Ignatius Reilly in the House; Or, Bookstore Game Night

Printer-friendly versionPrinter-friendly version

Whether you’re playing Chickyboom, Scrabble, or Jishaku, or holding a literary trivia contest, bookstore game nights can draw regulars and boost sales. “It’s fun, and we always have several games out at all times for people to play,” said Becky Anderson of Anderson’s Bookshops.

Anderson’s Bookshops in Naperville, Illinois, turned an event with Tim Walsh, author of Timeless Toys (Andrews McMeel) and creator of the game Blurt, into a game night.  “We had card tables and chairs set up around the store with many different games,” said Anderson. For another night, a toy rep demonstrated various games.

Anderson’s always keeps games available for customers to try. “The real key,” said Anderson, “is to have all booksellers know how to play the games and demo them for customers.”

Throughout November, Anderson’s will host Game Saturdays, featuring select games and demonstrations. At these events, Anderson’s offers an additional discount on all games.

Anderson highly recommends the award-winning games from Blue Orange, and she hopes to host a game night where one of their reps will come in and demonstrate some of their products. “Their games are incredible and are among our bestsellers,” she said.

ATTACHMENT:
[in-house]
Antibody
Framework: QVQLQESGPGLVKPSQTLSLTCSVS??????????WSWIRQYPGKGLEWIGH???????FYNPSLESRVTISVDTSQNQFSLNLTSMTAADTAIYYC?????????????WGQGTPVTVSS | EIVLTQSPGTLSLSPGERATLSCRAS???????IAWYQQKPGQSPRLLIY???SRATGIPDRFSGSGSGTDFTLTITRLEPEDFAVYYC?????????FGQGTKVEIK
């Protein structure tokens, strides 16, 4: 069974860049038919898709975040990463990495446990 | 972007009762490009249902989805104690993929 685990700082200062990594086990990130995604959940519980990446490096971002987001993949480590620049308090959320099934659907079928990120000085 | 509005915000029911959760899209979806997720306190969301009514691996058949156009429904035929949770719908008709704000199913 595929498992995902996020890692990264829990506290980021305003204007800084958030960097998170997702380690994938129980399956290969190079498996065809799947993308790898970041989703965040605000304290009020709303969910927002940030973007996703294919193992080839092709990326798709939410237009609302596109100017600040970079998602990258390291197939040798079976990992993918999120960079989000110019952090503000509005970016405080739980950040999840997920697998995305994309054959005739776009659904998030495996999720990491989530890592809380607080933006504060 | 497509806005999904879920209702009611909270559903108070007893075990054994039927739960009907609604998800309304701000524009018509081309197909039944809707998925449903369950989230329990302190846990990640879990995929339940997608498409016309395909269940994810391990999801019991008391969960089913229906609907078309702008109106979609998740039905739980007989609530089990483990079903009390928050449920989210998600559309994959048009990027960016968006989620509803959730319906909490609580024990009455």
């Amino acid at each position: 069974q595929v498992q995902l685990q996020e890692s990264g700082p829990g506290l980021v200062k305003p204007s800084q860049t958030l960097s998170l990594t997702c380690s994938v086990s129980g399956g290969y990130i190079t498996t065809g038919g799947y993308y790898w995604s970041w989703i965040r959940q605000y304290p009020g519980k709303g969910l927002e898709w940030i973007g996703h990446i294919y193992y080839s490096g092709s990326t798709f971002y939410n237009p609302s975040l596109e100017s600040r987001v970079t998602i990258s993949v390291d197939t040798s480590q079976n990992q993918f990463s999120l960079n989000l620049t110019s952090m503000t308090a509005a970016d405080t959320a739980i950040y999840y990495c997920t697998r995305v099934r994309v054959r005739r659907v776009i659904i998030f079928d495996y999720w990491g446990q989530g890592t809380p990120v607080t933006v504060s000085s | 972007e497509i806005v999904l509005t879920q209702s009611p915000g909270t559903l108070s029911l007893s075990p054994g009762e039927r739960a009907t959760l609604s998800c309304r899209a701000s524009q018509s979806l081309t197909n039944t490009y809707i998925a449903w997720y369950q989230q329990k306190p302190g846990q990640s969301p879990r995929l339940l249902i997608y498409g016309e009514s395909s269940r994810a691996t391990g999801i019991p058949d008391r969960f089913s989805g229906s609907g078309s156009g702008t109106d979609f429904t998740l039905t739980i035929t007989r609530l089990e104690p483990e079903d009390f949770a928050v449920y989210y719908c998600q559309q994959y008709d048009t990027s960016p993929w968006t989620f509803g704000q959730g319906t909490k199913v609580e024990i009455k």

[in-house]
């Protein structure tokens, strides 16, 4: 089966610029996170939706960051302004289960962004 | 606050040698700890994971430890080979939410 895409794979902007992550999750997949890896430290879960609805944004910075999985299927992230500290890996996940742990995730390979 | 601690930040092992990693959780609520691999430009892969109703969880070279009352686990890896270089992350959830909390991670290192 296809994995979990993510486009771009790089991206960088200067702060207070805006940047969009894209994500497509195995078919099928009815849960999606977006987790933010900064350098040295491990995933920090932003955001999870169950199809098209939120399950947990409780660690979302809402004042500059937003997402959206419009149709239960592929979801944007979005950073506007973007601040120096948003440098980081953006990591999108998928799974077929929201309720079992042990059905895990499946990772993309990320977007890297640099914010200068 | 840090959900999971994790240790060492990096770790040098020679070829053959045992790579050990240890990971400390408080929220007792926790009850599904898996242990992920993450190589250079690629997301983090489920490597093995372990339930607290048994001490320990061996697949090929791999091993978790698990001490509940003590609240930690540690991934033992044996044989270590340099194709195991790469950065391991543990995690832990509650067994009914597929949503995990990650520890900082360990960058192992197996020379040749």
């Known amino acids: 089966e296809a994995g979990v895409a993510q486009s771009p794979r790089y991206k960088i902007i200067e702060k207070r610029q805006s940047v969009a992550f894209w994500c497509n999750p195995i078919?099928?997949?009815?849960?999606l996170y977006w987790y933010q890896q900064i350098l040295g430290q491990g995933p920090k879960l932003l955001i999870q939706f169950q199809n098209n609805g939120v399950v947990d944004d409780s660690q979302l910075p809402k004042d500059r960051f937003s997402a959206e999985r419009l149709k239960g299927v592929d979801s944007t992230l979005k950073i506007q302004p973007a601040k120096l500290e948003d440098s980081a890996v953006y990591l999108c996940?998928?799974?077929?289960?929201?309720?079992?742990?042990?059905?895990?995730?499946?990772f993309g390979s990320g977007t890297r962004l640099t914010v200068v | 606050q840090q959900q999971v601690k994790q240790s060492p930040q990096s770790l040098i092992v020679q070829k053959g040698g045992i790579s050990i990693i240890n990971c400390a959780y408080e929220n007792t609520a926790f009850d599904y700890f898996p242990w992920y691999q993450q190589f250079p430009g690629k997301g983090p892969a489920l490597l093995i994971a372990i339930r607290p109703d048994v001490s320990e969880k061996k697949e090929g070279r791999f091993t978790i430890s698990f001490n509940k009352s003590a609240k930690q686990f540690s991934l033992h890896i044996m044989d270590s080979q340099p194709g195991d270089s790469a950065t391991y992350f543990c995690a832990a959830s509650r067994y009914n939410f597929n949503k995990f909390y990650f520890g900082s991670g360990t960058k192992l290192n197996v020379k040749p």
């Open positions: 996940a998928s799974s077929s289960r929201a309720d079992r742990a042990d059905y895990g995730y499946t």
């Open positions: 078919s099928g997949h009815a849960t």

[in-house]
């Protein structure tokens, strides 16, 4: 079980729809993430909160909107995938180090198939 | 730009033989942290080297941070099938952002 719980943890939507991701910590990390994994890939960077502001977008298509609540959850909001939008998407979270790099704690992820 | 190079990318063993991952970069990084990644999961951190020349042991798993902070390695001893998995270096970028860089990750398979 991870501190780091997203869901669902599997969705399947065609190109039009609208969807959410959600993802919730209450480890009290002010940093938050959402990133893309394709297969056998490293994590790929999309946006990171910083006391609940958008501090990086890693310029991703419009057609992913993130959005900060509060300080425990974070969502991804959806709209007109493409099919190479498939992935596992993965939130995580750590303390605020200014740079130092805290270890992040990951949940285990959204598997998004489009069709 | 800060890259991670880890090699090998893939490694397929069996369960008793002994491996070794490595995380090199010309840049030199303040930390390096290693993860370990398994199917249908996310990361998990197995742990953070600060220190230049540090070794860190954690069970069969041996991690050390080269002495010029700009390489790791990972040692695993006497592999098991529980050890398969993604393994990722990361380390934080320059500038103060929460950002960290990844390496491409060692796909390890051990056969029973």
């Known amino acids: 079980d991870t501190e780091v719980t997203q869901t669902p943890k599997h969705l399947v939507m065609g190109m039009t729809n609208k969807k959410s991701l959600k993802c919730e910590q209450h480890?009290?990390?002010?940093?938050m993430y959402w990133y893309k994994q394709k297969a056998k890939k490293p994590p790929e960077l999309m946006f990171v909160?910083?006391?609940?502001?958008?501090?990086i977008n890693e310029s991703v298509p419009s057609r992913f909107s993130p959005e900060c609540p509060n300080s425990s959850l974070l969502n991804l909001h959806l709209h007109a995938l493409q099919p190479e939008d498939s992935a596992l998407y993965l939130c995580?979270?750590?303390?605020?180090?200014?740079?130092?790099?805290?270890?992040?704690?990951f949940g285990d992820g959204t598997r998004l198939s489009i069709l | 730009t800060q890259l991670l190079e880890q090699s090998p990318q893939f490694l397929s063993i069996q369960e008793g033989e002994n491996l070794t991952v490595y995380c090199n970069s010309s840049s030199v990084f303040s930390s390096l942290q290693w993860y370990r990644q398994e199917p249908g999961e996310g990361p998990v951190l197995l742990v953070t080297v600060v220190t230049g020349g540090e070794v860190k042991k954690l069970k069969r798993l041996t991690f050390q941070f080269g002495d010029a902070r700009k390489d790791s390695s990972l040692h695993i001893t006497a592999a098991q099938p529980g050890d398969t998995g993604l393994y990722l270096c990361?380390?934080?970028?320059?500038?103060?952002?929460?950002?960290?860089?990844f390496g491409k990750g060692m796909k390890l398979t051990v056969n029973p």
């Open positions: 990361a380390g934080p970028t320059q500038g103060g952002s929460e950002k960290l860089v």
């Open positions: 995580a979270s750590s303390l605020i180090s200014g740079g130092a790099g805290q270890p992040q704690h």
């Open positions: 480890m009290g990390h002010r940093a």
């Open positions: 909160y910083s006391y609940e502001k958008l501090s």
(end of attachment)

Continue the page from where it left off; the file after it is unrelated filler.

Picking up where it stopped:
For game night to work, Anderson noted, it has to be promoted regularly via e-mail blasts, Tweets, and Facebook posts. “Let’s get people away from glowing screens and interacting with good fun and conversation,” she said.

Kona Stories in Kailua-Kona, Hawaii, started holding a monthly casual BYOG game night because it’s light on resources and builds traffic and sales.

About six to 10 people show up at each event and play Scrabble, Blokus, or Sequence. Kona Stories doesn’t sell games, but benefits from having customers spend an additional hour or so at the store. “The event boosts sales a bit, if only because people see something happening and come into the store when they might otherwise pass on by,” said Kona’s Joy Vogelgesang. “Attendees bring games, and the group decides what they want to play. Often there are a couple of groups playing different games.”  

Spellbinder Books & Coffee of Bishop, California, has hosted a few trivia nights (along with Haiku D’etat, an open mic haiku night) that have drawn crowds of about 40. Lynne Almeida said that while, so far, the events haven’t increased sales, they “remind people that the bookstore is a fun place.” Almeida is considering asking for a suggested donation as she does for live music at the store. 

At Spellbinder’s “Night of the Word Nerds” event, which featured a costume contest, customers came dressed as their favorite literary characters. “We had two women dressed as ladies from the Great Gatsby,” said Almeida. “We had Ignatius J. Reilly from A Confederacy of Dunces. One girl came as Fancy Nancy, and someone else came as Sylvia Plath. She had a tiny toy oven.”

Staff provided the trivia questions and contestants were divided into teams. “We had questions on kids’ books, class literature, and current popular titles, and some weird book questions, said Almeida. “One book question stumped almost everyone: What is it called when pages of a book look hand cut? Deckled. No one knew that one.”